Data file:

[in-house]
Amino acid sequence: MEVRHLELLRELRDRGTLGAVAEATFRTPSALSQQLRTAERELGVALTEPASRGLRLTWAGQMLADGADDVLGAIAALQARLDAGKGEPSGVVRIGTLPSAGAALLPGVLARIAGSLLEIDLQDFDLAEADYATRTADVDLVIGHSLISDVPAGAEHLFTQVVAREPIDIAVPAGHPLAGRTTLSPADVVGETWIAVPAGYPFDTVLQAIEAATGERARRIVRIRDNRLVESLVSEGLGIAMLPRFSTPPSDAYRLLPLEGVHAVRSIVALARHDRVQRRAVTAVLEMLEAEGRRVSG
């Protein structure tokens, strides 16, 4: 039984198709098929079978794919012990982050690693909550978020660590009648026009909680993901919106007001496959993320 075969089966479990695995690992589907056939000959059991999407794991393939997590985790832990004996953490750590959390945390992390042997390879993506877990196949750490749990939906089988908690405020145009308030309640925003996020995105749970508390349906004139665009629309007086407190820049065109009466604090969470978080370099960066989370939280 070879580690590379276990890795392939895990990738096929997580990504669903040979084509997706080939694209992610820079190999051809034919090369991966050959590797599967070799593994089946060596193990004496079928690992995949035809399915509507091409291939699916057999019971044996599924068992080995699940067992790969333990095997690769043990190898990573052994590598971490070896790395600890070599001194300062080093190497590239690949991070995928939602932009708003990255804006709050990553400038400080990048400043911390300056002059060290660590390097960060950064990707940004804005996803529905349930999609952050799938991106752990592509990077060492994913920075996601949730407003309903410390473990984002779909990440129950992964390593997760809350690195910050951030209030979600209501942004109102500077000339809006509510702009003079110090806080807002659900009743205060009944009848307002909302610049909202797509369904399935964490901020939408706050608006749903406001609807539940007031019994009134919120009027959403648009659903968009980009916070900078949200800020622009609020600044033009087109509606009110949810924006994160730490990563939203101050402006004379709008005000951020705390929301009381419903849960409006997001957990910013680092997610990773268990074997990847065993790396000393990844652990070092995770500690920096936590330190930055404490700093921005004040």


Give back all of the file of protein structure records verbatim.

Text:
[in-house]
Amino acid sequence: MEVRHLELLRELRDRGTLGAVAEATFRTPSALSQQLRTAERELGVALTEPASRGLRLTWAGQMLADGADDVLGAIAALQARLDAGKGEPSGVVRIGTLPSAGAALLPGVLARIAGSLLEIDLQDFDLAEADYATRTADVDLVIGHSLISDVPAGAEHLFTQVVAREPIDIAVPAGHPLAGRTTLSPADVVGETWIAVPAGYPFDTVLQAIEAATGERARRIVRIRDNRLVESLVSEGLGIAMLPRFSTPPSDAYRLLPLEGVHAVRSIVALARHDRVQRRAVTAVLEMLEAEGRRVSG
């Protein structure tokens, strides 16, 4: 039984198709098929079978794919012990982050690693909550978020660590009648026009909680993901919106007001496959993320 075969089966479990695995690992589907056939000959059991999407794991393939997590985790832990004996953490750590959390945390992390042997390879993506877990196949750490749990939906089988908690405020145009308030309640925003996020995105749970508390349906004139665009629309007086407190820049065109009466604090969470978080370099960066989370939280 070879580690590379276990890795392939895990990738096929997580990504669903040979084509997706080939694209992610820079190999051809034919090369991966050959590797599967070799593994089946060596193990004496079928690992995949035809399915509507091409291939699916057999019971044996599924068992080995699940067992790969333990095997690769043990190898990573052994590598971490070896790395600890070599001194300062080093190497590239690949991070995928939602932009708003990255804006709050990553400038400080990048400043911390300056002059060290660590390097960060950064990707940004804005996803529905349930999609952050799938991106752990592509990077060492994913920075996601949730407003309903410390473990984002779909990440129950992964390593997760809350690195910050951030209030979600209501942004109102500077000339809006509510702009003079110090806080807002659900009743205060009944009848307002909302610049909202797509369904399935964490901020939408706050608006749903406001609807539940007031019994009134919120009027959403648009659903968009980009916070900078949200800020622009609020600044033009087109509606009110949810924006994160730490990563939203101050402006004379709008005000951020705390929301009381419903849960409006997001957990910013680092997610990773268990074997990847065993790396000393990844652990070092995770500690920096936590330190930055404490700093921005004040």